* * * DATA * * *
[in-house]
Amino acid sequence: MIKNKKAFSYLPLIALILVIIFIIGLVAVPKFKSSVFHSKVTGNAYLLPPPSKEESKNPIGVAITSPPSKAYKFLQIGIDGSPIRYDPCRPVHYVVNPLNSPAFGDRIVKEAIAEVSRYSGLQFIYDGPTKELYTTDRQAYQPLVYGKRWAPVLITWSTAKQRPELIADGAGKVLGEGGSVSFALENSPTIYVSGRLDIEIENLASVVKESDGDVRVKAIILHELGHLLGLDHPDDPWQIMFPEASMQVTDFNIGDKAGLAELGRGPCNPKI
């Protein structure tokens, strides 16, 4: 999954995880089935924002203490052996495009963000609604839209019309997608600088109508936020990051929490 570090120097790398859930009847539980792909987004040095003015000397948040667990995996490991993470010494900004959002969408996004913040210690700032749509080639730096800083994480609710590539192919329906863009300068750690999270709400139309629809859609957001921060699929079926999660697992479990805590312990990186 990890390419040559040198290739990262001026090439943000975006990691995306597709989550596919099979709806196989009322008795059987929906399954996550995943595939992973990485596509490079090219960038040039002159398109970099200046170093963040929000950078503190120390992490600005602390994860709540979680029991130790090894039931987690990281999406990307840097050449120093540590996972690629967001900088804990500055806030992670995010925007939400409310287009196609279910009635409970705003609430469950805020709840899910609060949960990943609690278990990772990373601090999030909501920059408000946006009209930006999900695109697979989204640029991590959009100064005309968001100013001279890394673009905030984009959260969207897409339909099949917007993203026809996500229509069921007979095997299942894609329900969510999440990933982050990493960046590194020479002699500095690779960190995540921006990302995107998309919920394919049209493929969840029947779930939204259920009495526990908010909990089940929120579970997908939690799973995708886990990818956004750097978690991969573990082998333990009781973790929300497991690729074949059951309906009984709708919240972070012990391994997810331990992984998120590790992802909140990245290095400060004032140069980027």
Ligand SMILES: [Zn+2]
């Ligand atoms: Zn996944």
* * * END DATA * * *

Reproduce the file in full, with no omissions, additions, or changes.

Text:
[in-house]
Amino acid sequence: MIKNKKAFSYLPLIALILVIIFIIGLVAVPKFKSSVFHSKVTGNAYLLPPPSKEESKNPIGVAITSPPSKAYKFLQIGIDGSPIRYDPCRPVHYVVNPLNSPAFGDRIVKEAIAEVSRYSGLQFIYDGPTKELYTTDRQAYQPLVYGKRWAPVLITWSTAKQRPELIADGAGKVLGEGGSVSFALENSPTIYVSGRLDIEIENLASVVKESDGDVRVKAIILHELGHLLGLDHPDDPWQIMFPEASMQVTDFNIGDKAGLAELGRGPCNPKI
């Protein structure tokens, strides 16, 4: 999954995880089935924002203490052996495009963000609604839209019309997608600088109508936020990051929490 570090120097790398859930009847539980792909987004040095003015000397948040667990995996490991993470010494900004959002969408996004913040210690700032749509080639730096800083994480609710590539192919329906863009300068750690999270709400139309629809859609957001921060699929079926999660697992479990805590312990990186 990890390419040559040198290739990262001026090439943000975006990691995306597709989550596919099979709806196989009322008795059987929906399954996550995943595939992973990485596509490079090219960038040039002159398109970099200046170093963040929000950078503190120390992490600005602390994860709540979680029991130790090894039931987690990281999406990307840097050449120093540590996972690629967001900088804990500055806030992670995010925007939400409310287009196609279910009635409970705003609430469950805020709840899910609060949960990943609690278990990772990373601090999030909501920059408000946006009209930006999900695109697979989204640029991590959009100064005309968001100013001279890394673009905030984009959260969207897409339909099949917007993203026809996500229509069921007979095997299942894609329900969510999440990933982050990493960046590194020479002699500095690779960190995540921006990302995107998309919920394919049209493929969840029947779930939204259920009495526990908010909990089940929120579970997908939690799973995708886990990818956004750097978690991969573990082998333990009781973790929300497991690729074949059951309906009984709708919240972070012990391994997810331990992984998120590790992802909140990245290095400060004032140069980027």
Ligand SMILES: [Zn+2]
């Ligand atoms: Zn996944």